High Stakes Testing and Teaching to the Test

  • Gary Natriello
Part of the Springer International Handbooks of Education book series (SIHE, volume 21)

Perhaps no single educational policy change over the past fifty years has had as great an impact on the work lives of teachers in public schools in the United States and other developed nations as the movement to impose high stakes testing requirements. High stakes testing refers to the use of standardized student achievement tests as a primary mechanism to evaluate the performance of students, their teachers, and their schools. High stakes testing policies have long existed for special purposes such as admission to elite educational institutions, but such policies have spread in recent years to encompass greater proportions of the student population.

In the United States the spread of high stakes testing to encompass more students was part of the school reform movement designed to improve the quality of education by raising standards for student performance (Darling-Hammond, 2004; McNeil, 2000; Orfield & Kornhaber, 2001). High stakes testing policies began at the state level with a majority of states implementing some type of high stakes testing program. The spread of high stakes testing has been most recently spurred by federal legislation that requires all students, with few exceptions, to be tested as evidence of their accomplishments and those of their teachers and schools (Goertz & Duffy, 2003). Other developed nations appear to be moving in the same direction as testing programs increasingly involve more students and drive more important decisions regarding their educational careers.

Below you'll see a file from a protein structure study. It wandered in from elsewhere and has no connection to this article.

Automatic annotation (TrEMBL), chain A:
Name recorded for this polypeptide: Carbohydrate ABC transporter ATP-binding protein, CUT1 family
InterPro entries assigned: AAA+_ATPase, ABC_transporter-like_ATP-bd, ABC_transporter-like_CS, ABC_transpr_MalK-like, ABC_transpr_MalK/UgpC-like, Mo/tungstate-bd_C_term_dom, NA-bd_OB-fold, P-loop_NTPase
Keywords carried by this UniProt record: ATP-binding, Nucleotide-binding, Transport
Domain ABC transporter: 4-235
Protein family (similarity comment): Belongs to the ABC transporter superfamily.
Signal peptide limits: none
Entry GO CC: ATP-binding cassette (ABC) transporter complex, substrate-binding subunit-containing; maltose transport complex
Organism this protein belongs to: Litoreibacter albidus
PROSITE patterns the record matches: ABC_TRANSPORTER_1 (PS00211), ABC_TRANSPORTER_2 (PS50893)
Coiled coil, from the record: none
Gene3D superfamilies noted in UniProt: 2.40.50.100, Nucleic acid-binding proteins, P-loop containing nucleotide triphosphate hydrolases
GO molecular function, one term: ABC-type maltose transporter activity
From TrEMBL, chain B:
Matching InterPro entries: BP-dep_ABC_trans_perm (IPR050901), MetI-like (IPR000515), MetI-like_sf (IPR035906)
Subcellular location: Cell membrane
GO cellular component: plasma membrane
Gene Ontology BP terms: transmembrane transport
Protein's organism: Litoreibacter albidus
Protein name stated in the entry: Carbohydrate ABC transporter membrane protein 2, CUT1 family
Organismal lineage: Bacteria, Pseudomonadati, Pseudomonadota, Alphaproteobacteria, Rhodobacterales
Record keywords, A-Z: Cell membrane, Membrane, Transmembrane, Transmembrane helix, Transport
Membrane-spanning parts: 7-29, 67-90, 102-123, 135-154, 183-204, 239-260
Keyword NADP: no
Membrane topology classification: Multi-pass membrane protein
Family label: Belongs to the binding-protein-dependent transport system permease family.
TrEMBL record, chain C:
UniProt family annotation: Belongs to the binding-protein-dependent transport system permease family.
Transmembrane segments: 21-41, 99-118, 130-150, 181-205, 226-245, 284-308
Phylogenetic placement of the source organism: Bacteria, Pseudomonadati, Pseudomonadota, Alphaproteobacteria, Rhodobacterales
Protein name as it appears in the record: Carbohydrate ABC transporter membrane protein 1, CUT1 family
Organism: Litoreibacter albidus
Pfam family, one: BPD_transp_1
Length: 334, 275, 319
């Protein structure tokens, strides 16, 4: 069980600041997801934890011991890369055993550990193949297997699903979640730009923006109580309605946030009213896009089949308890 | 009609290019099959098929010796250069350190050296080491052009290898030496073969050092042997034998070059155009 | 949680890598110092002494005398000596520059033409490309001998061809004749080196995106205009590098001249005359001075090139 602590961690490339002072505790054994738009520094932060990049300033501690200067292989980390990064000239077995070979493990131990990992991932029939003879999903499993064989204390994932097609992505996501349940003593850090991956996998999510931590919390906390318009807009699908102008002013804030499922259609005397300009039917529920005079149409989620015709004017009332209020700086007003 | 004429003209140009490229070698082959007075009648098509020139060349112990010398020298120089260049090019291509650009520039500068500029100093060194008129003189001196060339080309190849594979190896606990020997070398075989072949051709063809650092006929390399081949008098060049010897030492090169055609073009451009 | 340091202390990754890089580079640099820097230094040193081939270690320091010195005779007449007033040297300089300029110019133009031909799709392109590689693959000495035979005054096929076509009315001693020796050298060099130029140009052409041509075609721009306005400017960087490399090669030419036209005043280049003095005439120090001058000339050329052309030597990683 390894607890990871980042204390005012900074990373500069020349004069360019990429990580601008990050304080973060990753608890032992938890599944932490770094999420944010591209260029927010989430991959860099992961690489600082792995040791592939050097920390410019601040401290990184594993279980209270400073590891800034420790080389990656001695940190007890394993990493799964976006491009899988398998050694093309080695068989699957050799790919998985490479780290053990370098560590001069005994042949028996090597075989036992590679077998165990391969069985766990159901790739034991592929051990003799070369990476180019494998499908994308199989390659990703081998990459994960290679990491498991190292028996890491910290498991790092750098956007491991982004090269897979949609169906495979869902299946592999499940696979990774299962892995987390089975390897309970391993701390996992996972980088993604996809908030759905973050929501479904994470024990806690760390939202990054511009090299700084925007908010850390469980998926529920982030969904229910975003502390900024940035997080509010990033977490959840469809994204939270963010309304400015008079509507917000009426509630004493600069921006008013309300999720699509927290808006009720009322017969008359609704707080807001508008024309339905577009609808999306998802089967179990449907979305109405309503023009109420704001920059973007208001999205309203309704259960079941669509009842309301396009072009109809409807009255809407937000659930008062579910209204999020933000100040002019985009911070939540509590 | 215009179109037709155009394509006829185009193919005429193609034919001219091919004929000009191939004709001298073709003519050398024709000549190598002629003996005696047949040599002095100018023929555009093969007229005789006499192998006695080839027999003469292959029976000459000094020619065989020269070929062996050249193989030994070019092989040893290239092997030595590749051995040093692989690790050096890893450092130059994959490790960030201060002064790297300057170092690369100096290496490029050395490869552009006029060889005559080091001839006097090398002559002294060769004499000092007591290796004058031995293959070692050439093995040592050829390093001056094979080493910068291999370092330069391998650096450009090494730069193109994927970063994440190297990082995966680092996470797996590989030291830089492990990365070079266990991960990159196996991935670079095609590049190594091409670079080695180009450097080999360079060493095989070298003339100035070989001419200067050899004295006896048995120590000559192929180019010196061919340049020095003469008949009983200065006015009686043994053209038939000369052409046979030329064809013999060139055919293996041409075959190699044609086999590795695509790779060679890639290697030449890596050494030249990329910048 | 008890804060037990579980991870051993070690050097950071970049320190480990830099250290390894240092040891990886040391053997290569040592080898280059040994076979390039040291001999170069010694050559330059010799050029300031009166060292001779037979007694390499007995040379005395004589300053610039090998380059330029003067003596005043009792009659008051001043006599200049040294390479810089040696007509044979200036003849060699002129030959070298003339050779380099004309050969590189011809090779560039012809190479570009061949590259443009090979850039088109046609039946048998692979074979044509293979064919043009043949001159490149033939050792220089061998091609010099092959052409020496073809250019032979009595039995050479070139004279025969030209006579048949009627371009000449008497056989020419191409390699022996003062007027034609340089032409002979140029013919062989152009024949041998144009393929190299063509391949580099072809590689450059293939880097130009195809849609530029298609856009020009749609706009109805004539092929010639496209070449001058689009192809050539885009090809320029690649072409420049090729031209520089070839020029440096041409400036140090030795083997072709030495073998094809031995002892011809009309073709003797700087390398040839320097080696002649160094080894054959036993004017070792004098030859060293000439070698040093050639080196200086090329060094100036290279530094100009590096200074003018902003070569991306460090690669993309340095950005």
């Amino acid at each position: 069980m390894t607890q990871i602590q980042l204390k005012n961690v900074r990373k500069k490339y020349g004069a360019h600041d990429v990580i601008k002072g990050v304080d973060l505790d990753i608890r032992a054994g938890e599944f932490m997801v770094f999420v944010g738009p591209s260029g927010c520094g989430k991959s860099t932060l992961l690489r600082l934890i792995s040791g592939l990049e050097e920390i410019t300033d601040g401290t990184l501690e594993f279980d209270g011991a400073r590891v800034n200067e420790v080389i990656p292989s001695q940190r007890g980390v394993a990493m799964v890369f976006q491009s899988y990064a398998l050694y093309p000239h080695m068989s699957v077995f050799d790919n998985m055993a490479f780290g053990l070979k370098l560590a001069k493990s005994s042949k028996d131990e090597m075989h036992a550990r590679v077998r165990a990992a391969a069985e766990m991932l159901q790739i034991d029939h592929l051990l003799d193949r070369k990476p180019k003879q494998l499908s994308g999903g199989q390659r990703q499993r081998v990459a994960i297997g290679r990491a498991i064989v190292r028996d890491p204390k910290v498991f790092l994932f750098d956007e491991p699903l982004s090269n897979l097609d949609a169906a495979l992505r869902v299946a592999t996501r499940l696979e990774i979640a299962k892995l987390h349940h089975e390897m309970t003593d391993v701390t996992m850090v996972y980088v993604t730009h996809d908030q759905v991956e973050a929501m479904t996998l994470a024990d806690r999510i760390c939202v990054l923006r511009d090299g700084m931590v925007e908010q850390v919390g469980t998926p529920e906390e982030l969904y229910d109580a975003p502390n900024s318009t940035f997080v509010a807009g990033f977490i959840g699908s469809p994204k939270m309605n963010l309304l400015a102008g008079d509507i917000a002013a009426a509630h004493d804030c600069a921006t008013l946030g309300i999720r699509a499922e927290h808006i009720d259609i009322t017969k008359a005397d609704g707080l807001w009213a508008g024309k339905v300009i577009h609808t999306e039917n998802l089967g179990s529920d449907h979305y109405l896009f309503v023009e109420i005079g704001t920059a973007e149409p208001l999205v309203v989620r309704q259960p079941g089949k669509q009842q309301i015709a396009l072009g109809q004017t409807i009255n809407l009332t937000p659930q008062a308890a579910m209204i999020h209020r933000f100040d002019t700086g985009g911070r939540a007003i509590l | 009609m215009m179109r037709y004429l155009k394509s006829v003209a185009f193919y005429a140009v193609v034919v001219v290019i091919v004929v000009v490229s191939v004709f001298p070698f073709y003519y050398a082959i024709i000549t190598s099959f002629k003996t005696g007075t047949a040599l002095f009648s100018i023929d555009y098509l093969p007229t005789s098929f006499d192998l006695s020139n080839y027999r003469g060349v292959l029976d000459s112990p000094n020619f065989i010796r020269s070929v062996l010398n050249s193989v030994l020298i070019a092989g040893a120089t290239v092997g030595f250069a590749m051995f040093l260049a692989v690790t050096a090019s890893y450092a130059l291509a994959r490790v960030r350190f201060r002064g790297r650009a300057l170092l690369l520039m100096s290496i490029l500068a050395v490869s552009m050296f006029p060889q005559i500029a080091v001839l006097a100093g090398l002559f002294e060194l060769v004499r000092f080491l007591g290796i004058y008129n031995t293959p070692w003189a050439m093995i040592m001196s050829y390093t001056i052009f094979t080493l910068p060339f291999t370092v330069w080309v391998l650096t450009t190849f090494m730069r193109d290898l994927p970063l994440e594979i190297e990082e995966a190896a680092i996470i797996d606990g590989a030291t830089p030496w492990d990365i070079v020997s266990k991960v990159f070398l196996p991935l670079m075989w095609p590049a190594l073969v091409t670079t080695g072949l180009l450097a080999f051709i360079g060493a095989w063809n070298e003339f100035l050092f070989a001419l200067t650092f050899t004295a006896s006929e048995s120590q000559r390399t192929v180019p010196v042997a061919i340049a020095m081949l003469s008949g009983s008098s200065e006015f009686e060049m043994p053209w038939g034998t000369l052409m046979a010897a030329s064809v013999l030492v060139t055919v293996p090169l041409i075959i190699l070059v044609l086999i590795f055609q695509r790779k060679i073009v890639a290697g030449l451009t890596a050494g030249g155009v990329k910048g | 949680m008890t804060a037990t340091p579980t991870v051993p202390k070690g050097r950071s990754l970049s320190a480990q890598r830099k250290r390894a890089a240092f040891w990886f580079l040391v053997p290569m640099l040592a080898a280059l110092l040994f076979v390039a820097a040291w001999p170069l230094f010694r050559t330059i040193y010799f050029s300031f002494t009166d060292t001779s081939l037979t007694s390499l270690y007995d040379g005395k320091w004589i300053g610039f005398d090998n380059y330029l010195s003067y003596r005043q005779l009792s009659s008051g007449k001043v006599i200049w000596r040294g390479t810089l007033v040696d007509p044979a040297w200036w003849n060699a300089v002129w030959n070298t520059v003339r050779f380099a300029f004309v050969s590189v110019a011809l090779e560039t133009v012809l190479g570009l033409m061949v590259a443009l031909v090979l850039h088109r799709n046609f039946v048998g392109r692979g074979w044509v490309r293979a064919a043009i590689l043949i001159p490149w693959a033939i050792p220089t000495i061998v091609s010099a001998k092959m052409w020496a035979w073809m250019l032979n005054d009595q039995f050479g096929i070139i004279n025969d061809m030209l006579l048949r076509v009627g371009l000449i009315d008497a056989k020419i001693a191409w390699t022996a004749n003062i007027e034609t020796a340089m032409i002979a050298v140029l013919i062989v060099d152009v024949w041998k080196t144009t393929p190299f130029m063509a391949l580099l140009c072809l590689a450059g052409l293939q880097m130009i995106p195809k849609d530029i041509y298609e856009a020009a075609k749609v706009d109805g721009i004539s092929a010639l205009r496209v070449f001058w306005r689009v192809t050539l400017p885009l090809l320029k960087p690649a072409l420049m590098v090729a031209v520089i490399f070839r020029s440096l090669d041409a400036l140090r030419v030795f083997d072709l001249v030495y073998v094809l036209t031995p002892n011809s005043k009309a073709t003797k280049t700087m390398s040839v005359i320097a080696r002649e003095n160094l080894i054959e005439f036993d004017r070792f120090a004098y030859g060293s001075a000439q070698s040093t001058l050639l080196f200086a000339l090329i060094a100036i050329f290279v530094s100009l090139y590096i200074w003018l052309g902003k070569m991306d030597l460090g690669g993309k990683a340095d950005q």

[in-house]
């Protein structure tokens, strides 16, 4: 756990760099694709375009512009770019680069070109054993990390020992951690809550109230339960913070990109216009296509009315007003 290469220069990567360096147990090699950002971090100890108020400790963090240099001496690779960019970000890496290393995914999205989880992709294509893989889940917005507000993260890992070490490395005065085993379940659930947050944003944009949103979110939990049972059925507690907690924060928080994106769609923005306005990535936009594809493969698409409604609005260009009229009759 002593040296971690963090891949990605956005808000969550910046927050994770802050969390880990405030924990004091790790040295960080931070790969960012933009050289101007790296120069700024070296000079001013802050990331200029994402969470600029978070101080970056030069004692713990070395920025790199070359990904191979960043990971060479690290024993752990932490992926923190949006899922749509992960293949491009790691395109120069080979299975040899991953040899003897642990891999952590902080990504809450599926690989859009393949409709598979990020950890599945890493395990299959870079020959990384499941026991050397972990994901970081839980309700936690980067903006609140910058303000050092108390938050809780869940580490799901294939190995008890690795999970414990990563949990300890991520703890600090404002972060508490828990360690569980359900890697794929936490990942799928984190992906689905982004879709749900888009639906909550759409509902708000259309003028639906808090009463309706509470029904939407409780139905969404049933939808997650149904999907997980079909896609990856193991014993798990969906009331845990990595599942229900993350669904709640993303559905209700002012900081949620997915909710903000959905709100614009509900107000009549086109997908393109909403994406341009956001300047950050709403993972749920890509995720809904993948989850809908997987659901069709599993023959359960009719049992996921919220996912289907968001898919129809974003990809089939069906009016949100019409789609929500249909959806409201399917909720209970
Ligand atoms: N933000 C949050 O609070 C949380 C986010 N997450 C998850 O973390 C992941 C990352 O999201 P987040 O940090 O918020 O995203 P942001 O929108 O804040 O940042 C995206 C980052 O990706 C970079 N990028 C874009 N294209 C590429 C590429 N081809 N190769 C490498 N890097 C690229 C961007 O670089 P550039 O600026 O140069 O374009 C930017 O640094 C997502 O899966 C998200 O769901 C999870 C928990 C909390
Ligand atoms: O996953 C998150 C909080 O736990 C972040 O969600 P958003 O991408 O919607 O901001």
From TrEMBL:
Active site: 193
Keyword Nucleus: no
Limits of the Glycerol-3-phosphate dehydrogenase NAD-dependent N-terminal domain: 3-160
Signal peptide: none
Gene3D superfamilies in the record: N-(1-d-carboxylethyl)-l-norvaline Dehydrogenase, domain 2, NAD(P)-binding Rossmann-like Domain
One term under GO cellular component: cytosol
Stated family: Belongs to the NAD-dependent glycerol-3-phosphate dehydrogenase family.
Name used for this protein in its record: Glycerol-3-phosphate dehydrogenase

School District Educational System Student Achievement Student Performance High Stake 
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Copyright information

© Springer Science+Business Media, LLC 2009

Authors and Affiliations

  • Gary Natriello
    • 1
  1. 1.Teachers CollegeColumbia University10027

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